White House and State Department officials continue to take severe criticism for overestimating compound security at the U.S. consulate in Benghazi, Libya – with one email exchange between a reporter and a State Department aide deteriorating into expletives after the reporter continued to poke holes in the administration's story.
Even after administration officials were forced to change their story about the origin of the outbreak in Libya from one of happenstance to admitting the attacks were planned, some reporters continued to press the issue of how secure the U.S. embassy in Benghazi was, or if there was any at all.
One Sunday morning email conversation between BuzzFeed correspondent Michael Hastings and Philippe Reines, a longtime personal aide to Secretary of State Hillary Clinton may have brought the tension on this issue between the media and Obama administration to head.
The reporter wanted to know why the State Department didn't search the compound and find items such as deceased U.S. Ambassador Christopher Stevens' personal effects, including a diary later discovered by CNN. The reporter also began to press Reines by asking if security was adequate and why the department didn't help secure the compound after the attack.
Reines' response focused on the journalistic responsibility CNN had after discovering Stevens' diary and should they have used the information prior to contacting the family and seeking permission. BuzzFeed pressed back, accusing the State Department of not taking responsibility for the attack and blaming CNN for airing the contents of the diary.
That's when the conversation got testy.
Reines replied: "I now understand why the official investigation by the Department of the Defense as reported by The Army Times The Washington Post concluded beyond a doubt that you're an unmitigated asshole. How's that for a non-bullshit response? Now that we've gotten that out of our systems, have a good day. And by good day, I mean F*** Off."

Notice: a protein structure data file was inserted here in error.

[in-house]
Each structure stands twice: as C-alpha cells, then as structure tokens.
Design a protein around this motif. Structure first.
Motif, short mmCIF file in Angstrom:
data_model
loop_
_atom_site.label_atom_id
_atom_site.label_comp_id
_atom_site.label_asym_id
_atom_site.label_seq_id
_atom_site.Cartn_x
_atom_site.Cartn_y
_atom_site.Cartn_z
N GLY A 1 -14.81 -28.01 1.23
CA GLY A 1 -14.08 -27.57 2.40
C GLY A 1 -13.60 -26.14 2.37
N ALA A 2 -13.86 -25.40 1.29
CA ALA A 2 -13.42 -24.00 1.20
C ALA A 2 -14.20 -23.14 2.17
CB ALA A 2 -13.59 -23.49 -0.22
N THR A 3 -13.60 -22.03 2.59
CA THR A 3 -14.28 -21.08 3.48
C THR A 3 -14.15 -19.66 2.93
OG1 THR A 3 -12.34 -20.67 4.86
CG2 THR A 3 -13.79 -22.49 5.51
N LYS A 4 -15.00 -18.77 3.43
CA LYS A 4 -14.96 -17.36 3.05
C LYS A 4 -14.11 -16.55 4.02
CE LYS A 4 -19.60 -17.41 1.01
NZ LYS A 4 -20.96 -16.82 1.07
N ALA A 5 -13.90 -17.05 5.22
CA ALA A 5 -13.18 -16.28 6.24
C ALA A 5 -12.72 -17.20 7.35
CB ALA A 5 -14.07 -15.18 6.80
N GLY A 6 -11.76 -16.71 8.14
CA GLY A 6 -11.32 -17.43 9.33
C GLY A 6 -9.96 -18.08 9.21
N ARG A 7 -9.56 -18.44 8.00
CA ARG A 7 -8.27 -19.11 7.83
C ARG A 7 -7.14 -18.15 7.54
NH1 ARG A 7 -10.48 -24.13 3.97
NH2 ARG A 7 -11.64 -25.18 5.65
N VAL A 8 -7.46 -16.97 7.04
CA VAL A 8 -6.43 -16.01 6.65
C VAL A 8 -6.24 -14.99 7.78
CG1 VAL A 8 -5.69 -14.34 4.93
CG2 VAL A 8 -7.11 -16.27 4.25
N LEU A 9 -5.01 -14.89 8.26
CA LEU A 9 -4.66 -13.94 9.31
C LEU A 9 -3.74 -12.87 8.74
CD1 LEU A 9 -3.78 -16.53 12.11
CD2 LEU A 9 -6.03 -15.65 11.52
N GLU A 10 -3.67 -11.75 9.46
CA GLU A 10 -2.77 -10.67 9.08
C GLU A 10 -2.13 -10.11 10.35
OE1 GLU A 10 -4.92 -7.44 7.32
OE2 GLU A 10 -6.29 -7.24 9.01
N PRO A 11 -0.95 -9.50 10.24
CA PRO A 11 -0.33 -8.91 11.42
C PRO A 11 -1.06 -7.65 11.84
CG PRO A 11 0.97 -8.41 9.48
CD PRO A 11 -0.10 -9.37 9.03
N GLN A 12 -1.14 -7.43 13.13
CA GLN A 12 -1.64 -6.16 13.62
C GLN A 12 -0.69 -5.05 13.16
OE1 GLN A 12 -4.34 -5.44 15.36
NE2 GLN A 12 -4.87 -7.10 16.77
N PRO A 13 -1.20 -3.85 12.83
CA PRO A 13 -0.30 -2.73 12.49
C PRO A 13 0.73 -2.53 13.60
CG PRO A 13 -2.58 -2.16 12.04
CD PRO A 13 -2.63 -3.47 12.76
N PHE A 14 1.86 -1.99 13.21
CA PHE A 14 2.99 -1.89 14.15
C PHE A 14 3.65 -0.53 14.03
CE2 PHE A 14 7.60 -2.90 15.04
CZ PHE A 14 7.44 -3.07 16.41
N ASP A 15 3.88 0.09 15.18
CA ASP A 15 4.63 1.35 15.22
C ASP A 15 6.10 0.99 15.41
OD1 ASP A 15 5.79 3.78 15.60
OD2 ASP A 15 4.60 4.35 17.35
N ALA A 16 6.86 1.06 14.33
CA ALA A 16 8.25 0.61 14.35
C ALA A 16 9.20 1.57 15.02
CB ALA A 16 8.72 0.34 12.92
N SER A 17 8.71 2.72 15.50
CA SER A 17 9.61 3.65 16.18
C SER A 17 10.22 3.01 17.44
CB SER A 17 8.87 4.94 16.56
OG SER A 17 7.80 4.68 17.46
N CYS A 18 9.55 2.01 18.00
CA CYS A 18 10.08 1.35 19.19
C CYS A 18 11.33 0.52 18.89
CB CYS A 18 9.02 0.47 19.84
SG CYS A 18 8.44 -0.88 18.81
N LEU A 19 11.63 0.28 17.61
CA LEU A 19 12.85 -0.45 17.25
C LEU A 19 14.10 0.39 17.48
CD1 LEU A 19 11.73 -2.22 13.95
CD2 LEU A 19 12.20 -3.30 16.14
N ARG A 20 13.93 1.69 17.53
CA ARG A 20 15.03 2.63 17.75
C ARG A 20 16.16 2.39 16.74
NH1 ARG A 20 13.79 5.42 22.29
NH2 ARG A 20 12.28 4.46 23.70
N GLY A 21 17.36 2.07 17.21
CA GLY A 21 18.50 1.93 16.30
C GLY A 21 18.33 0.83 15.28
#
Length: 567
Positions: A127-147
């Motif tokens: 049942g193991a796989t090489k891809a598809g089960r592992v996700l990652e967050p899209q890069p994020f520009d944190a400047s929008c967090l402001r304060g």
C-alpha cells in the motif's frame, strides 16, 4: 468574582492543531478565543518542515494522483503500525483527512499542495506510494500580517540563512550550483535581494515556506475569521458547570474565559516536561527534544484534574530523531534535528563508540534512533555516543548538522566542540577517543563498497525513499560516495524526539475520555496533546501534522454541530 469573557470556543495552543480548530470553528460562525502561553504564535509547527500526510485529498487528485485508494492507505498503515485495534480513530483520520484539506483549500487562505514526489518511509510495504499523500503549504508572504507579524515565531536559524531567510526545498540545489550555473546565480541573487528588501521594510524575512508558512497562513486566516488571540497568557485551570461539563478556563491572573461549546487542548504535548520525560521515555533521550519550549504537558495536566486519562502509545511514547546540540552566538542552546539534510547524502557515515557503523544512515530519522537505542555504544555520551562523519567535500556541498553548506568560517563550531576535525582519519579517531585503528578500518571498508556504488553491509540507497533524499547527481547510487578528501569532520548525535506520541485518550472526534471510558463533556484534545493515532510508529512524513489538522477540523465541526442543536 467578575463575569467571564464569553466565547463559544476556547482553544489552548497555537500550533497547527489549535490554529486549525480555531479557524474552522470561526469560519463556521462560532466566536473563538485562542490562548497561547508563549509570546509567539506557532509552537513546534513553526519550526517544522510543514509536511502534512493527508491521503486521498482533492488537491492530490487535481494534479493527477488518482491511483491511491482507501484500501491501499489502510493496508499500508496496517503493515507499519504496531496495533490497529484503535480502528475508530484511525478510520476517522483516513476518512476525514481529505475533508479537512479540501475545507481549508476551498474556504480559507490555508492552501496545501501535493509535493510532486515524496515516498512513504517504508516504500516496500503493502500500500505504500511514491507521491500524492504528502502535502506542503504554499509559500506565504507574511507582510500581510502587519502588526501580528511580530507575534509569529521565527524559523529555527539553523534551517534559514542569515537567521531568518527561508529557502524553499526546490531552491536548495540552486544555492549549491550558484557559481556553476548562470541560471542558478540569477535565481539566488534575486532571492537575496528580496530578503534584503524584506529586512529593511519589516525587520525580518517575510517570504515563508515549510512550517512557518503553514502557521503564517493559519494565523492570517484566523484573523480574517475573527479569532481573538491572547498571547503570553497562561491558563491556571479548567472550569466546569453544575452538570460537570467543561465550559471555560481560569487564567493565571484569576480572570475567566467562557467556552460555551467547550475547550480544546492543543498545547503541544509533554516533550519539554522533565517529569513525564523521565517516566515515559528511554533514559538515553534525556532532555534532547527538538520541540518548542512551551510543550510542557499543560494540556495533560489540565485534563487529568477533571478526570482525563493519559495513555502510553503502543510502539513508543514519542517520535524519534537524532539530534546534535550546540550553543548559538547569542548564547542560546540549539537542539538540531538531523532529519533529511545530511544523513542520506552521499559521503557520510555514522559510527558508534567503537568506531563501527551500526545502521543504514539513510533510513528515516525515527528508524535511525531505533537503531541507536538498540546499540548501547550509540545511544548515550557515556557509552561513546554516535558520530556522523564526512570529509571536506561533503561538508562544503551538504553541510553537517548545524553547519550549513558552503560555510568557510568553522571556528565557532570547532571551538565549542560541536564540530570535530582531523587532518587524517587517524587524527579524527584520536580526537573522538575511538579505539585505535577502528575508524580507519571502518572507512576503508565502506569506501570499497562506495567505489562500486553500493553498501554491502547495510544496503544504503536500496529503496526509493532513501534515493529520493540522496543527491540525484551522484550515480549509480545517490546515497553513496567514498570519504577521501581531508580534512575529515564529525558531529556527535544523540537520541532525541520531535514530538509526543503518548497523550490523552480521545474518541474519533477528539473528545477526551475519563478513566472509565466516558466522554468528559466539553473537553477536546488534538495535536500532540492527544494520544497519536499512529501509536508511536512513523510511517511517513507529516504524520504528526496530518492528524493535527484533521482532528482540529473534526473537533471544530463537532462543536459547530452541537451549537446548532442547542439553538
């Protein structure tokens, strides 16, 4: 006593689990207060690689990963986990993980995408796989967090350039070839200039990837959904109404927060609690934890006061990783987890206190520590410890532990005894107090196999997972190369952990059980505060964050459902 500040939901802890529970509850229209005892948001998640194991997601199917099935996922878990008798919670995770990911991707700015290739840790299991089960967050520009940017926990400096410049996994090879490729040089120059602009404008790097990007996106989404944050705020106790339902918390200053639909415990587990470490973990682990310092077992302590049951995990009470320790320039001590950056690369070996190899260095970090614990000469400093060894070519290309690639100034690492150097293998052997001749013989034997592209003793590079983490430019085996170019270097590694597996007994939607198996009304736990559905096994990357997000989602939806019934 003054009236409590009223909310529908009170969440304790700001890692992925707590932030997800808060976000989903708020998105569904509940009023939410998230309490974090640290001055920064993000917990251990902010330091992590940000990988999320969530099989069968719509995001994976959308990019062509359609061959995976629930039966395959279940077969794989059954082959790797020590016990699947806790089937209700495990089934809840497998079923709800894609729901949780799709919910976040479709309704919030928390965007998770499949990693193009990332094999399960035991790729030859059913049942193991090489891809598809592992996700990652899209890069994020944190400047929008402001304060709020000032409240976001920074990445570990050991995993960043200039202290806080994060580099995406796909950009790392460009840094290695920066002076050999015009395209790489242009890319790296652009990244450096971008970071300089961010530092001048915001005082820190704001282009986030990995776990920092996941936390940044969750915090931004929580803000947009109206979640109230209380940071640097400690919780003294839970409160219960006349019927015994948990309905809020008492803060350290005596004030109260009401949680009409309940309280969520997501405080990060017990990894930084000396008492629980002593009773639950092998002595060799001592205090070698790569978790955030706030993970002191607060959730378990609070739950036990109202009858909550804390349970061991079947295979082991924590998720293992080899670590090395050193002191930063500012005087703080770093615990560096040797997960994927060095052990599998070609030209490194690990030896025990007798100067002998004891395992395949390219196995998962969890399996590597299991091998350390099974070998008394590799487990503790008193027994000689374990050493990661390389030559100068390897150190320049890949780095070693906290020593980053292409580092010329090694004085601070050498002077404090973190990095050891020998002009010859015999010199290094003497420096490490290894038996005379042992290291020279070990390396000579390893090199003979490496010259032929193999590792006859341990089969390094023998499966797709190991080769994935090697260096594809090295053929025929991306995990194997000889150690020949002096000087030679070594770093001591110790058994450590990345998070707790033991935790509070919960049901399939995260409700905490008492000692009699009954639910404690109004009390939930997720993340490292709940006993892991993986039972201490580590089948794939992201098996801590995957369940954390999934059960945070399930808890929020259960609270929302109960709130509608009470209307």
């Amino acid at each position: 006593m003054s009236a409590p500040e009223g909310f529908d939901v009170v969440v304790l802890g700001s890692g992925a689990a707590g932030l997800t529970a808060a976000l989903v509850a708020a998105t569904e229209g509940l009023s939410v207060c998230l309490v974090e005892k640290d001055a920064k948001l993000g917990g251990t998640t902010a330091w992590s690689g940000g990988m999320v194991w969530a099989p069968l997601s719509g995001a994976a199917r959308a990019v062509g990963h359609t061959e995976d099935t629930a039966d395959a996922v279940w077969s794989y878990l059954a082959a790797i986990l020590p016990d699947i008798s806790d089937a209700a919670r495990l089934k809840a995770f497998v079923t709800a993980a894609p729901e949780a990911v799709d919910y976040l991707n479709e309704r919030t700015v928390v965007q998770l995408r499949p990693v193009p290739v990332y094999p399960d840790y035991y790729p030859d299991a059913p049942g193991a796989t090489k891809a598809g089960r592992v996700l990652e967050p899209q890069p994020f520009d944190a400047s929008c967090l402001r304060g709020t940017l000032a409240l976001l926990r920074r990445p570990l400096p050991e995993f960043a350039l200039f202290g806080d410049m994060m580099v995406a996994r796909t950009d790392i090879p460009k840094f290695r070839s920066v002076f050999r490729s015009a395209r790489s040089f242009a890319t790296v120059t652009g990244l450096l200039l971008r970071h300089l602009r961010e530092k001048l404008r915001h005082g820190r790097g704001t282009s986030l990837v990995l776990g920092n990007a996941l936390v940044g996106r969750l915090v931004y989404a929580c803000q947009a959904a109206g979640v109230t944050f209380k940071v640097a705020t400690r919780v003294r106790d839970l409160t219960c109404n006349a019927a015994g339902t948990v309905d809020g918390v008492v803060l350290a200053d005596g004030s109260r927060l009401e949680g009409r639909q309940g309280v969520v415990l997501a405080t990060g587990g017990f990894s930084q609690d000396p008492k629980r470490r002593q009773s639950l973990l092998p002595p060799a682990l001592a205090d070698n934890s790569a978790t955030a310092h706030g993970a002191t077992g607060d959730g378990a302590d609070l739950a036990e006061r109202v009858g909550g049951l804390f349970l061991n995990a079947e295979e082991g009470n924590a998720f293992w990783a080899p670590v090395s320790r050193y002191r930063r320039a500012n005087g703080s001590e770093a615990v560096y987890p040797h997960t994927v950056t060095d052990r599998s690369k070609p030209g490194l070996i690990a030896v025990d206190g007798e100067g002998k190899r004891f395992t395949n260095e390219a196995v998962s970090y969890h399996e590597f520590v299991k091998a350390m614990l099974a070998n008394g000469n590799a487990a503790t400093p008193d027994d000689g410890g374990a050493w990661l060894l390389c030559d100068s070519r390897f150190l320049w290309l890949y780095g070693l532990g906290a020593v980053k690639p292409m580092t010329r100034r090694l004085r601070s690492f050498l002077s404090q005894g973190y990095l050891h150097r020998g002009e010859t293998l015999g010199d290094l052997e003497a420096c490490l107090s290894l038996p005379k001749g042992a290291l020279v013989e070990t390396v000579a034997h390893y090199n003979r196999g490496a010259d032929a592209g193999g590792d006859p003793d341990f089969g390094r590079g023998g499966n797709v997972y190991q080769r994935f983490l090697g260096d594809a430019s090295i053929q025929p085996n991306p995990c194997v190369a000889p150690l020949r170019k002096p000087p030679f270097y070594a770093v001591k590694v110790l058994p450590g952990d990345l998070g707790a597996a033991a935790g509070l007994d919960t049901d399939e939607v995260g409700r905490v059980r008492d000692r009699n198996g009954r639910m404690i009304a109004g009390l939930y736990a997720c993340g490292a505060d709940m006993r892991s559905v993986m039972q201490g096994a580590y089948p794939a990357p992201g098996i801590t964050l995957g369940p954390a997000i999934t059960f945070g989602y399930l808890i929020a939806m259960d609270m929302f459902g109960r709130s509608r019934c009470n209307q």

Yet this "unofficial" response from the administration may only be a deeper sign that President Obama is struggling with vote confidence on his ability to handle the complex and growing unrest in the Middle East, even after the much touted Arab Spring that led to a government overthrow in Libya.
In his address to the United Nations on Tuesday, Obama began his speech by talking about Stevens and his dedication to his country and helping the region. But he also referenced the anti-Muslim video produced by a man using the name of Sam Bacile and shown by controversial Florida Pastor Terry Jones as being a cause of the attacks.
"That is what we saw play out in the last two weeks, as a crude and disgusting video sparked outrage throughout the Muslim world. Now, I have made it clear that the United States government had nothing to do with this video, and I believe its message must be rejected by all who respect our common humanity," Obama said to the U.N. "I know there are some who ask why we don't just ban such a video. And the answer is enshrined in our laws: Our Constitution protects the right to practice free speech."
"If we are serious about upholding these ideals, it will not be enough to put more guards in front of an Embassy; or to put out statements of regret, and wait for the outrage to pass. If we are serious about those ideals, we must speak honestly about the deeper causes of this crisis. Because we face a choice between the forces that would drive us apart, and the hopes we hold in common."
Immediately after the attacks President Obama ordered an increase in security at all U.S. embassies following the 9/11 attacks but critics still remain.
Several Congressmen sent a letter to President Obama on Tuesday expressing concern for State Department employees and property in the Middle East.
"Clearly, the threat from Al Qaeda and affiliated groups has metastasized; yet we do not appear to be learning from the past," the letter states. "We place significant weight on our constitutional responsibility to conduct appropriate oversight even when Congress is not in session and stand ready to return to Washington."
The lawmakers who signed the letter include House Appropriations Committee Chairman Rep. Rogers, (R-Ky.), Armed Services Committee Chairman Rep. McKeon, (R-Calif.), Foreign Affairs Committee Chairwoman Rep. Ros-Lehtinen, (R-Fla.) and Judiciary Committee Chairman Rep. Smith, (R-Texas), among others.